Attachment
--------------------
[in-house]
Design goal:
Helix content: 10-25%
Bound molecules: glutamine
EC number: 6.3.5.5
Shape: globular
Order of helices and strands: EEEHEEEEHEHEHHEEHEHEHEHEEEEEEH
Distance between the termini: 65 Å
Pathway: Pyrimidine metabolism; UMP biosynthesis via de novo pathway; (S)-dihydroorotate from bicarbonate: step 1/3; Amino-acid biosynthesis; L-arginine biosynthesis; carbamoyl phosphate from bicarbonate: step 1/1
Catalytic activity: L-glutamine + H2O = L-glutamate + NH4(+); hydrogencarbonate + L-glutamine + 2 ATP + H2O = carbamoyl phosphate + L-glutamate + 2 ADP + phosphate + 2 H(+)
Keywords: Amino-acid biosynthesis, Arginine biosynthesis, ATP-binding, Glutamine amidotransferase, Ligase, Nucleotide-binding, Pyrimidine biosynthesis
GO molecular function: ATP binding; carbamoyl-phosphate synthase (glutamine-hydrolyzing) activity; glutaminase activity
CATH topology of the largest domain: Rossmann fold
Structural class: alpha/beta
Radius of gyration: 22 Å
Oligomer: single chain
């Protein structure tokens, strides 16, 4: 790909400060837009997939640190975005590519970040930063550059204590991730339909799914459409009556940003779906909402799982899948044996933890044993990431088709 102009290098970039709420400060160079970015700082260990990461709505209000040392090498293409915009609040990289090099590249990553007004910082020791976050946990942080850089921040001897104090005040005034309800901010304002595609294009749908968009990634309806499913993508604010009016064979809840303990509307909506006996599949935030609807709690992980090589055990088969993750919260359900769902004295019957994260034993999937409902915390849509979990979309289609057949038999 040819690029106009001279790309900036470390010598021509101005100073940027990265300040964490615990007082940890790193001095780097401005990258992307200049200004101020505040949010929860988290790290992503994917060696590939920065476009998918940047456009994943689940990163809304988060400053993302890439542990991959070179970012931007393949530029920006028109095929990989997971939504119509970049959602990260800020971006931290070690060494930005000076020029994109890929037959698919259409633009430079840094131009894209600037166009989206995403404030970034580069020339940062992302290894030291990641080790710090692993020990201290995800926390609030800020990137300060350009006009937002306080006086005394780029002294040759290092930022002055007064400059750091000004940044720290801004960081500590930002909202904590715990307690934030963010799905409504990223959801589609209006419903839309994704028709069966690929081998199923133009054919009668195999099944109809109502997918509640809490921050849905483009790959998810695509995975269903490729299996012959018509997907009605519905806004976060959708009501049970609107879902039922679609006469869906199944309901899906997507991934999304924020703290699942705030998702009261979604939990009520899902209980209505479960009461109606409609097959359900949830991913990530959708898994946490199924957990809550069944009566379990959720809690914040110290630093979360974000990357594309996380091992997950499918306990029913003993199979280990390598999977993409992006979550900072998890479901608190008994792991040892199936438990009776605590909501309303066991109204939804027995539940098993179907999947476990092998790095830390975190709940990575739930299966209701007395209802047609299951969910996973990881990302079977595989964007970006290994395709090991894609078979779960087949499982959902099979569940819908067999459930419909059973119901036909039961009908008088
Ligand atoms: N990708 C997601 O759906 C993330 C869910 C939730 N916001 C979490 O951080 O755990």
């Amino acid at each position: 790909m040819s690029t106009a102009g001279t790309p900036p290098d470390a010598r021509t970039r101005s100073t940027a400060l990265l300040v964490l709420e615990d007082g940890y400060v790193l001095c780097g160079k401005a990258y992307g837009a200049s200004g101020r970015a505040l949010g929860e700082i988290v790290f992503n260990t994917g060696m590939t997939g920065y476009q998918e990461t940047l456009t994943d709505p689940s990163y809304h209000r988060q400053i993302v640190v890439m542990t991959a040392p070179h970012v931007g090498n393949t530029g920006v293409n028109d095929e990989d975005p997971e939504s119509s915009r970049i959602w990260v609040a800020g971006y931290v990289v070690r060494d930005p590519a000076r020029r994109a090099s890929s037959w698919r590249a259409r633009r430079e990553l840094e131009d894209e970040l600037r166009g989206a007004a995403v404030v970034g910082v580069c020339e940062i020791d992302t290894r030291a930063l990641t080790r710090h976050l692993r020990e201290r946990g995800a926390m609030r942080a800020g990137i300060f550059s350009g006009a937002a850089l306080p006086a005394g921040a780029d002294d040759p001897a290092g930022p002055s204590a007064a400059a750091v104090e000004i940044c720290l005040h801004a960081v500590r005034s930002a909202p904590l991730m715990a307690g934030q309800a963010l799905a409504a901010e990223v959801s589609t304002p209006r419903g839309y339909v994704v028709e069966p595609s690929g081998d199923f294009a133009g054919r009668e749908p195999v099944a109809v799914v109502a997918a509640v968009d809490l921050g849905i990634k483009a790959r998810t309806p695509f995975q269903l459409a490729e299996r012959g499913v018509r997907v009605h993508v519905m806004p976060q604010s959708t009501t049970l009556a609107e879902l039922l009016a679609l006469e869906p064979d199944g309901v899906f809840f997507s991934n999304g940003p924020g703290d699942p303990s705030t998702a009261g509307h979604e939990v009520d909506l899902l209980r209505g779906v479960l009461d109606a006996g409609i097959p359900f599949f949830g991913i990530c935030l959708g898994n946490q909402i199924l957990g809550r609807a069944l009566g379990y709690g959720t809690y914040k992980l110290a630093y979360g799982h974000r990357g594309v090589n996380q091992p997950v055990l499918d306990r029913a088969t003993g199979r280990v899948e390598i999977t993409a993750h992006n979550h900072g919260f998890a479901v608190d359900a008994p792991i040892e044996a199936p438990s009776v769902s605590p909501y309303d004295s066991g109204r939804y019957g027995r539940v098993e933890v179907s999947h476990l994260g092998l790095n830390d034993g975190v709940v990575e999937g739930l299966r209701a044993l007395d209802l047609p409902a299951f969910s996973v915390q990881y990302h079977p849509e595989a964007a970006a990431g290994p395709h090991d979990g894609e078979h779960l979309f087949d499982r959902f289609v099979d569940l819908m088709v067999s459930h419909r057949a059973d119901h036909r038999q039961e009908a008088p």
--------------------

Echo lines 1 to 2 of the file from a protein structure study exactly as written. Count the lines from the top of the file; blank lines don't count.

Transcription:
[in-house]
Design goal: